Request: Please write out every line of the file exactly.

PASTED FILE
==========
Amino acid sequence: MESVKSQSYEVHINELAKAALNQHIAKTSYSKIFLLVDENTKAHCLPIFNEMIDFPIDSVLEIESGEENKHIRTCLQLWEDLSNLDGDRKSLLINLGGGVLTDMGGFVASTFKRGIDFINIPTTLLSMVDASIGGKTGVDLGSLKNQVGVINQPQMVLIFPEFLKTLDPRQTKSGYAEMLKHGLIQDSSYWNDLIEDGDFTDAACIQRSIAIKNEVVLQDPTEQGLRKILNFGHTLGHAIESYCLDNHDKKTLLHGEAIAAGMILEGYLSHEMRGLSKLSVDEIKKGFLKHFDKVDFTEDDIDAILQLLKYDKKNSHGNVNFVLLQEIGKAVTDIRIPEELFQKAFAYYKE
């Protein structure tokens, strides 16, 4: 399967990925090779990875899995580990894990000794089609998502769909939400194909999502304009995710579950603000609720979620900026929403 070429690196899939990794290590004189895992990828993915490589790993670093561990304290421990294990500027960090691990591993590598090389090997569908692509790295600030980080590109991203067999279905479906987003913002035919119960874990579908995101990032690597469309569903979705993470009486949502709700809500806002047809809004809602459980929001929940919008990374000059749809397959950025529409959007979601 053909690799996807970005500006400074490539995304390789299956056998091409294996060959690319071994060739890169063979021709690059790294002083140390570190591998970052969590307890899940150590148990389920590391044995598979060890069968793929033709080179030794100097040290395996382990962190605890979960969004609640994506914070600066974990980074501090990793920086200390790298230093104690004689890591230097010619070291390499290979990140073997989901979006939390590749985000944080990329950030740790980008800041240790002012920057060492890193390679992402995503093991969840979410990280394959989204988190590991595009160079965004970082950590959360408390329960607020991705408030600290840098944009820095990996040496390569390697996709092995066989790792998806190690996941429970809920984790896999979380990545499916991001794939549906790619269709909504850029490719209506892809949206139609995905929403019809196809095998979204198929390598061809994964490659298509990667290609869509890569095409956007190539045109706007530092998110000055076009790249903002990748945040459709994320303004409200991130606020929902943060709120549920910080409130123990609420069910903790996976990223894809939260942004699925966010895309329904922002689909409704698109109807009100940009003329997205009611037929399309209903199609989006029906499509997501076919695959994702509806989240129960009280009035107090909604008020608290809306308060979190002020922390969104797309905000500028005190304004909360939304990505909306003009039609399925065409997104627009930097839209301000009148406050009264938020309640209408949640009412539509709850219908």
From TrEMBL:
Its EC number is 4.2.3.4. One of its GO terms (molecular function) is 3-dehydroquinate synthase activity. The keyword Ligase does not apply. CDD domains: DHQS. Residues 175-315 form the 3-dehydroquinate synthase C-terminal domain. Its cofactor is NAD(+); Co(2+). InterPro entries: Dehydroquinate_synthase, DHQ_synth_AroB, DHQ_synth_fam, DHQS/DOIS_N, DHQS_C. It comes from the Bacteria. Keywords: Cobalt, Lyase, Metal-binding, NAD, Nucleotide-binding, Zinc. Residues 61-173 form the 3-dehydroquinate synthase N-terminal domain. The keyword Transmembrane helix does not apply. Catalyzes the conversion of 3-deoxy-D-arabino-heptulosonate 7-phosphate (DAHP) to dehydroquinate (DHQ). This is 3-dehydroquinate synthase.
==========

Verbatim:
Amino acid sequence: MESVKSQSYEVHINELAKAALNQHIAKTSYSKIFLLVDENTKAHCLPIFNEMIDFPIDSVLEIESGEENKHIRTCLQLWEDLSNLDGDRKSLLINLGGGVLTDMGGFVASTFKRGIDFINIPTTLLSMVDASIGGKTGVDLGSLKNQVGVINQPQMVLIFPEFLKTLDPRQTKSGYAEMLKHGLIQDSSYWNDLIEDGDFTDAACIQRSIAIKNEVVLQDPTEQGLRKILNFGHTLGHAIESYCLDNHDKKTLLHGEAIAAGMILEGYLSHEMRGLSKLSVDEIKKGFLKHFDKVDFTEDDIDAILQLLKYDKKNSHGNVNFVLLQEIGKAVTDIRIPEELFQKAFAYYKE
């Protein structure tokens, strides 16, 4: 399967990925090779990875899995580990894990000794089609998502769909939400194909999502304009995710579950603000609720979620900026929403 070429690196899939990794290590004189895992990828993915490589790993670093561990304290421990294990500027960090691990591993590598090389090997569908692509790295600030980080590109991203067999279905479906987003913002035919119960874990579908995101990032690597469309569903979705993470009486949502709700809500806002047809809004809602459980929001929940919008990374000059749809397959950025529409959007979601 053909690799996807970005500006400074490539995304390789299956056998091409294996060959690319071994060739890169063979021709690059790294002083140390570190591998970052969590307890899940150590148990389920590391044995598979060890069968793929033709080179030794100097040290395996382990962190605890979960969004609640994506914070600066974990980074501090990793920086200390790298230093104690004689890591230097010619070291390499290979990140073997989901979006939390590749985000944080990329950030740790980008800041240790002012920057060492890193390679992402995503093991969840979410990280394959989204988190590991595009160079965004970082950590959360408390329960607020991705408030600290840098944009820095990996040496390569390697996709092995066989790792998806190690996941429970809920984790896999979380990545499916991001794939549906790619269709909504850029490719209506892809949206139609995905929403019809196809095998979204198929390598061809994964490659298509990667290609869509890569095409956007190539045109706007530092998110000055076009790249903002990748945040459709994320303004409200991130606020929902943060709120549920910080409130123990609420069910903790996976990223894809939260942004699925966010895309329904922002689909409704698109109807009100940009003329997205009611037929399309209903199609989006029906499509997501076919695959994702509806989240129960009280009035107090909604008020608290809306308060979190002020922390969104797309905000500028005190304004909360939304990505909306003009039609399925065409997104627009930097839209301000009148406050009264938020309640209408949640009412539509709850219908």
From TrEMBL:
Its EC number is 4.2.3.4. One of its GO terms (molecular function) is 3-dehydroquinate synthase activity. The keyword Ligase does not apply. CDD domains: DHQS. Residues 175-315 form the 3-dehydroquinate synthase C-terminal domain. Its cofactor is NAD(+); Co(2+). InterPro entries: Dehydroquinate_synthase, DHQ_synth_AroB, DHQ_synth_fam, DHQS/DOIS_N, DHQS_C. It comes from the Bacteria. Keywords: Cobalt, Lyase, Metal-binding, NAD, Nucleotide-binding, Zinc. Residues 61-173 form the 3-dehydroquinate synthase N-terminal domain. The keyword Transmembrane helix does not apply. Catalyzes the conversion of 3-deoxy-D-arabino-heptulosonate 7-phosphate (DAHP) to dehydroquinate (DHQ). This is 3-dehydroquinate synthase.